Most important photo of the day. She’d be talking about this meeting for weeks…Fireman with child at NSW Fire Station Open Day

There were a few demonstrations while we were there, including the raising of the ladder truck (general aaaahs and amazement all around). And, they also put on a safety demo about preventing fires in your home, complete with a pretty impressive explosion that sent my 2 year old into tears, and the older kids into shrieking delight. (My girl will be 3 this year, so I’m sure she’ll handle any pyrotechnics like a professional). Fire Station Open Day Crane

We could walk inside the station and see the trucks, the uniforms, and the fire pole, which they wise had roped off to suggest, hey maybe don’t climb it, our insurance isn’t that good, alright? The station even got a call while we were there, so off one team went, sirens a-blaring, which was obviously the height of cool.

Not to worry, there were plenty of trained firefighters on hand, ready to take up a hose. Fire Station Open Day Mini Firepeople

The most popular attraction was the fire truck, which was open for the kids to climb on. Everyone displayed admirable order in queuing for their turn and keeping the pace moving, while parents snapped photos of their little heroes.Fire Station Open Day - Inside the Fire Truck

The line was only sightly shorter for the requisite sausage sizzle. It’s hungry work, keeping up with the awesome Fire and Rescue crew.Fire Station Open Day Sausage Sizzle


If you go…
New South Wales Fire and Rescue Open Day 2017
20 May 2016, 10a.m. – 2p.m. at participating fire stations
Full details on the website
Free entry. Bring a few gold coins for the sausage sizzle.
BYO firefighter costumes (highly recommended!)

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The Expat Family Photo Book

expat issues, Little Aussie

Expat Family Photo Book

There was a moment during my pregnancy when our midwife asked if we had any family to help with the new baby. I don’t know if I’d ever felt so alone as I did at that moment when her face momentarily registered horror and concern when we said that, no, we just had us to contend with the tiny hurricane that was soon to enter our home.

While it’s true that having family help on deck to help with a newborn would have useful, I’ve come to miss having our families nearby much more acutely as Hushpuppy has gotten older, able to interact, and eager to sort people into categories. Surely, if you ask almost any expat family the biggest challenge of living abroad, they will tell you that it’s the sadness and guilt that comes with lost time with grandparents, aunts, uncles, and cousins.

We’ve logged plenty of airline miles to ensure that Hushpuppy has spent time with both my family in the U.S. and Partner-in-Crime’s family in Serbia, and she sees them on Skype when we’re able; but I wanted a way for her to see family anytime, and to help her understand who fits where in relation to her.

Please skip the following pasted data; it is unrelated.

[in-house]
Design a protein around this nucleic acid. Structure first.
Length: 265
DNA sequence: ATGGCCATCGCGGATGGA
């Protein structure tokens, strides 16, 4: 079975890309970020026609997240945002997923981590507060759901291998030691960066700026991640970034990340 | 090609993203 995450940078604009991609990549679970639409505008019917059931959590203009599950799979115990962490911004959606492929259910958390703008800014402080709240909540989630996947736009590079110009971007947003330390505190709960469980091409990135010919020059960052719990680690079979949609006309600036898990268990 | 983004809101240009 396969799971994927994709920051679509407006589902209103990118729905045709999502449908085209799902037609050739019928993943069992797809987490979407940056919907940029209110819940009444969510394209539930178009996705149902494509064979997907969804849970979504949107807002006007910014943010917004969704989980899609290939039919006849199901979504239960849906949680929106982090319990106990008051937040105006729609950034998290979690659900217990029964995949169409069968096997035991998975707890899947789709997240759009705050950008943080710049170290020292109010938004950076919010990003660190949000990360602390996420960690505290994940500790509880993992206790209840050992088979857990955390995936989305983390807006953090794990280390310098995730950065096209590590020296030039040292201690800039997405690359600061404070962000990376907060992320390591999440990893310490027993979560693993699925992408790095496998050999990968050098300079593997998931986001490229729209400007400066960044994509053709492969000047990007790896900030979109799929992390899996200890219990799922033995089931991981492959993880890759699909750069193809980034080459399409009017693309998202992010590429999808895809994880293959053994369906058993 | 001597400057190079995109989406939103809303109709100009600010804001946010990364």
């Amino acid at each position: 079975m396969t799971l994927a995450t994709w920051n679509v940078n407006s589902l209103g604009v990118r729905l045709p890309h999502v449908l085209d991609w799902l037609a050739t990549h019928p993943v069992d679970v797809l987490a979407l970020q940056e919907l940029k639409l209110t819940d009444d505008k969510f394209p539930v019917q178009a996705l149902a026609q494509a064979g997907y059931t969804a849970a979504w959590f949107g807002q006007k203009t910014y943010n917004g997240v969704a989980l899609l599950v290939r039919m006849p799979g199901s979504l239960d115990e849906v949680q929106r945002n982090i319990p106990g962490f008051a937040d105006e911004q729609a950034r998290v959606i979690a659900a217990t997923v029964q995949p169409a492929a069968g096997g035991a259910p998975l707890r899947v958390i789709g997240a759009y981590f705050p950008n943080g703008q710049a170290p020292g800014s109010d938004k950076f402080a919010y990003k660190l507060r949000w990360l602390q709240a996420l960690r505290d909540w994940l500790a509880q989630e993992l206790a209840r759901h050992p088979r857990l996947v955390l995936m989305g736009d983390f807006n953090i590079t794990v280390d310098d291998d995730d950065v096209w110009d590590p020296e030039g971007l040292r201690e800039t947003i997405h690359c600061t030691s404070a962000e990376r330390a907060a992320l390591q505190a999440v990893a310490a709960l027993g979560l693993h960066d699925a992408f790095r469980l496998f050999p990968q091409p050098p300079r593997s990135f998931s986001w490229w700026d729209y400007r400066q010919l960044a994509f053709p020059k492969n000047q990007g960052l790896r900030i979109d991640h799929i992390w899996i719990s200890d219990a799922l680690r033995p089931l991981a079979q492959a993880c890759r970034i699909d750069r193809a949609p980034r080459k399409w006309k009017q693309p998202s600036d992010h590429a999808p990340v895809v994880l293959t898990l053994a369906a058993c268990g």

So, I made my little Third Culture Kid a gift I hope she’ll hold dear – a personalized family photo book.

To create the book, I simply used a photo editing site (Snapfish because they had a good sale on, but I think most sites have good photo book editing software these days). Along with a multitude of layout choices, there were also a lot of stock images and accents to choose from to make it a bit adorable, so I just spent an afternoon playing around.


I divided the book into U.S.A. Family, Serbia Family, and Australia Family, giving a page to each relative, and scattering the accompanying pages with photos from moments she’s shared with each of them.

I have been enjoying looking at this book with her so much. We carefully go through each page, naming everyone, and talking about things they’ve done together. It certainly doesn’t replace having all these special people nearby, sharing her growing up together, but I hope that this book will be a special keepsake for her to always remember that her family is near in heart, if far in presence.


Seychelles Mama

More on our expat family life…

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INK – Interactive Neighborhood For Kids – A Hidden City in Gainesville, GA

Little Aussie, usa travels

Tucked away behind the train station and across from the Hall county’s recycling center is a hidden little city, and one of the most wondrous places I’ve ever taken my child.

INK (Interactive Neighborhood for Kids) in Gainesville, GA is an interactive museum set up to resemble a town – but a perfect little village where everything is just right for children. It’s quickly become our favorite stop when in town visiting Grandma, though Hushpuppy and I can only go when we have a minimum of three hours, preferably more, to get lost in a day’s worth of work.

When you enter the play area, you step onto a main street with rooms on either side, each one a different work space. There’s the diner, the bank (with an actual ATM), the dentist’s office, the animal hospital, the hairdresser, the courtroom, the ever-popular grocery store, and a “Broadway” stage with costumes. Each room is full of items from real offices and shops, and many have outfits that the kids can wear, like doctor’s coats or chef uniforms.